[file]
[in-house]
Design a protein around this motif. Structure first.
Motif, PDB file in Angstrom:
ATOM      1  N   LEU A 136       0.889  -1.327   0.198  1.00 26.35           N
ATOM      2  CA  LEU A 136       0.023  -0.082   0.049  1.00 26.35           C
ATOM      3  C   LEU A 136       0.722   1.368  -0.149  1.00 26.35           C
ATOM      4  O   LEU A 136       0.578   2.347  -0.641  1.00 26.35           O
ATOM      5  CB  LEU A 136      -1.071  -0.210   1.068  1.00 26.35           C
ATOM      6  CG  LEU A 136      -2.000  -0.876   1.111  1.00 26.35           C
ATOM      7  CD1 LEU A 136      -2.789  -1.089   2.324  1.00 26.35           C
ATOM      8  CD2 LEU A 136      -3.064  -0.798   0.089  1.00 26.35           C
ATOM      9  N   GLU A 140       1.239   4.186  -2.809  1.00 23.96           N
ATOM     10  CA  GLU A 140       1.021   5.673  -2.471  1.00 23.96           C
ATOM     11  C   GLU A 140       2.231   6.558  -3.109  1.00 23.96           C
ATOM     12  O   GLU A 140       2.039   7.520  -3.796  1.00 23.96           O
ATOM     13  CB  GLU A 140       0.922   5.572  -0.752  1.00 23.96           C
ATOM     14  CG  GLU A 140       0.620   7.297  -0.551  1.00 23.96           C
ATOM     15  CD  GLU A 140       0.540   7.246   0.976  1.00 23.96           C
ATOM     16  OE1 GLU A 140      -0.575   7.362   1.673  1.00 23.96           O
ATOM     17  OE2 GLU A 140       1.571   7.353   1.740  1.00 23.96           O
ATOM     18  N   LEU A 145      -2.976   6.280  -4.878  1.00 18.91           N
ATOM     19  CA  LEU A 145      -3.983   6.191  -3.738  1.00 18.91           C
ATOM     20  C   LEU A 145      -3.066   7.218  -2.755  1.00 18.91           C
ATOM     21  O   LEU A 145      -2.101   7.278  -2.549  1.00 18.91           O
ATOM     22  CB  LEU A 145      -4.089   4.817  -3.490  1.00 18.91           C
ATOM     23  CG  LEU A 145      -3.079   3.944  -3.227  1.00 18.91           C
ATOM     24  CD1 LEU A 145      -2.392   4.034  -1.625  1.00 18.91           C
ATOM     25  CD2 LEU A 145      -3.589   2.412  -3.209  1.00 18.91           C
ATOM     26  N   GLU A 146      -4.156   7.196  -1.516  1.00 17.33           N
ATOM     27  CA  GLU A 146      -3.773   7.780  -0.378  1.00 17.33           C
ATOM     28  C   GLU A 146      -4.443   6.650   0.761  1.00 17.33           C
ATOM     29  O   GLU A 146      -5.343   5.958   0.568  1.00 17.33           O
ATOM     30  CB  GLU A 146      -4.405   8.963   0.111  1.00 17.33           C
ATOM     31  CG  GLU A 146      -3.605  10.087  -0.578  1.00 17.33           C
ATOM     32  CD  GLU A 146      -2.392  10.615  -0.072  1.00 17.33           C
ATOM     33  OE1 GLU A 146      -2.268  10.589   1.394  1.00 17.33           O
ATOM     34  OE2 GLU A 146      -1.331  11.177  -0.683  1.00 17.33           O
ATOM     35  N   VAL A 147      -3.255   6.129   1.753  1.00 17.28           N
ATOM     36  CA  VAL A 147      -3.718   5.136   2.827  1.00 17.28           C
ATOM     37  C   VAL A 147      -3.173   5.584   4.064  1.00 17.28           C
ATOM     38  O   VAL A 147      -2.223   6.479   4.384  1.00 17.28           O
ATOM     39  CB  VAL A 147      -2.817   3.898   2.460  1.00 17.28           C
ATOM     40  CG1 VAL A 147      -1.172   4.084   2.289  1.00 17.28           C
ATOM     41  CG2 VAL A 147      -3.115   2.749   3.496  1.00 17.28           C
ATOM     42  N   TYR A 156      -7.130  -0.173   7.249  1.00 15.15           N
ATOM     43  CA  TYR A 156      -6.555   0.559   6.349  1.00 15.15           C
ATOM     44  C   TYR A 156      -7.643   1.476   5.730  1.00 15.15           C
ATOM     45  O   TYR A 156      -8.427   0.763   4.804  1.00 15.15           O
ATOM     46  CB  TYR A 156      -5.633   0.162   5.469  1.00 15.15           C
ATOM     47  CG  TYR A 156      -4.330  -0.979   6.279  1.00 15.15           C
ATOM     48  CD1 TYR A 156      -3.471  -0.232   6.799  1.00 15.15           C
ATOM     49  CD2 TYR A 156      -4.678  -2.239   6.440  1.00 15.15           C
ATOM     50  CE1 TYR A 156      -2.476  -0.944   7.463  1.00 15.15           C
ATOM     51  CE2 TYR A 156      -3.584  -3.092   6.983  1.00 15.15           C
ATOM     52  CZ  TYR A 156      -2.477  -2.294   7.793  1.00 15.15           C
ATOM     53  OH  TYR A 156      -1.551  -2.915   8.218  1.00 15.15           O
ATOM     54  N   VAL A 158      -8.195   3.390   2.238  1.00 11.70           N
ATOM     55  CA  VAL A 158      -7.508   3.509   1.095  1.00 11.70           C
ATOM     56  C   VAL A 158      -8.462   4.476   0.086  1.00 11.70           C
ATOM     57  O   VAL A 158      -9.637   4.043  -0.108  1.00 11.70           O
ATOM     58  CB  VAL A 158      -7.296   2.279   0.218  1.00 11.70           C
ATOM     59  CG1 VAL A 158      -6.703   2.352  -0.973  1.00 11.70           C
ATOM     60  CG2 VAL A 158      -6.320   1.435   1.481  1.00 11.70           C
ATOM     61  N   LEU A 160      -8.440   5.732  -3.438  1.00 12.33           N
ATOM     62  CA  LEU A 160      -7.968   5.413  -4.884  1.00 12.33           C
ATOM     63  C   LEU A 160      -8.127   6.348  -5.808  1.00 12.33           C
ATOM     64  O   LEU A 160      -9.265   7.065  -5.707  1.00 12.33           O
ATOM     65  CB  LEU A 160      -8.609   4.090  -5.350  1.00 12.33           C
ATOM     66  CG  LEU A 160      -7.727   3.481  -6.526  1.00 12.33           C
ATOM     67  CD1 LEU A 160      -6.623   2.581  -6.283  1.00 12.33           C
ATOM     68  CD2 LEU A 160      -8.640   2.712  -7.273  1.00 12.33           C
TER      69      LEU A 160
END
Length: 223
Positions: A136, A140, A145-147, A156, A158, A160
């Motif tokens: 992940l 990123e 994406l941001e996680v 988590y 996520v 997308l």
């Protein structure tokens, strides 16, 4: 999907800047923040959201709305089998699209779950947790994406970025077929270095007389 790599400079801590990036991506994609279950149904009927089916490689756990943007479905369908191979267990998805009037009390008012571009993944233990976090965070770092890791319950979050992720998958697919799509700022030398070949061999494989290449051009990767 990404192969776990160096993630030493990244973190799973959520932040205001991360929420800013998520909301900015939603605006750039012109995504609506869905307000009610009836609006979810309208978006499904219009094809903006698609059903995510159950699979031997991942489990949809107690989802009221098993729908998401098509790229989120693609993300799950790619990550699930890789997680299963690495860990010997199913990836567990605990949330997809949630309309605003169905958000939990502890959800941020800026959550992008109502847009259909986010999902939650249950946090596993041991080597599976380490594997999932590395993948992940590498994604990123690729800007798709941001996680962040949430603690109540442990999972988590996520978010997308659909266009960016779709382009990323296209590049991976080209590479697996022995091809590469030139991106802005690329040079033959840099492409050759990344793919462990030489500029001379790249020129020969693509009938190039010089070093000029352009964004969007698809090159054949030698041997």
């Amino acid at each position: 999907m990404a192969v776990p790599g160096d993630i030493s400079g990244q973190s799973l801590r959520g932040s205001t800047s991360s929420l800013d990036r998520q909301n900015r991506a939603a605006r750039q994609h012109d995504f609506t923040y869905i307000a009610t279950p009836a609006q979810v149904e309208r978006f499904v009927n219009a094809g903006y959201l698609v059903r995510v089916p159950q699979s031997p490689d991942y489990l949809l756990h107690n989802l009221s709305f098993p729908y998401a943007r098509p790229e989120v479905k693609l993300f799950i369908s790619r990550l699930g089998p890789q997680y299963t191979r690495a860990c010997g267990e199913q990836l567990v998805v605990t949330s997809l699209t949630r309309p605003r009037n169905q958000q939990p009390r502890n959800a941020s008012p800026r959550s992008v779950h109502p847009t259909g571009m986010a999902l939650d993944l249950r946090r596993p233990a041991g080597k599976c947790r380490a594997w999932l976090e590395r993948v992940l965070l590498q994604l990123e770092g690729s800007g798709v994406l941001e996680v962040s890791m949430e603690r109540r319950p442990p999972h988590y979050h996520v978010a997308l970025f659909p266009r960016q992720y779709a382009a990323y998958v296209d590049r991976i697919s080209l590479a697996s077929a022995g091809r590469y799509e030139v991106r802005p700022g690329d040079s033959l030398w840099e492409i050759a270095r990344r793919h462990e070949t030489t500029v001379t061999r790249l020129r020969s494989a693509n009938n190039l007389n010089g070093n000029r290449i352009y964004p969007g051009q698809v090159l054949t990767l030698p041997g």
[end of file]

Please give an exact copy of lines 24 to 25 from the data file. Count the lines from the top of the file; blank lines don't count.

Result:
ATOM     21  O   LEU A 145      -2.101   7.278  -2.549  1.00 18.91           O
ATOM     22  CB  LEU A 145      -4.089   4.817  -3.490  1.00 18.91           C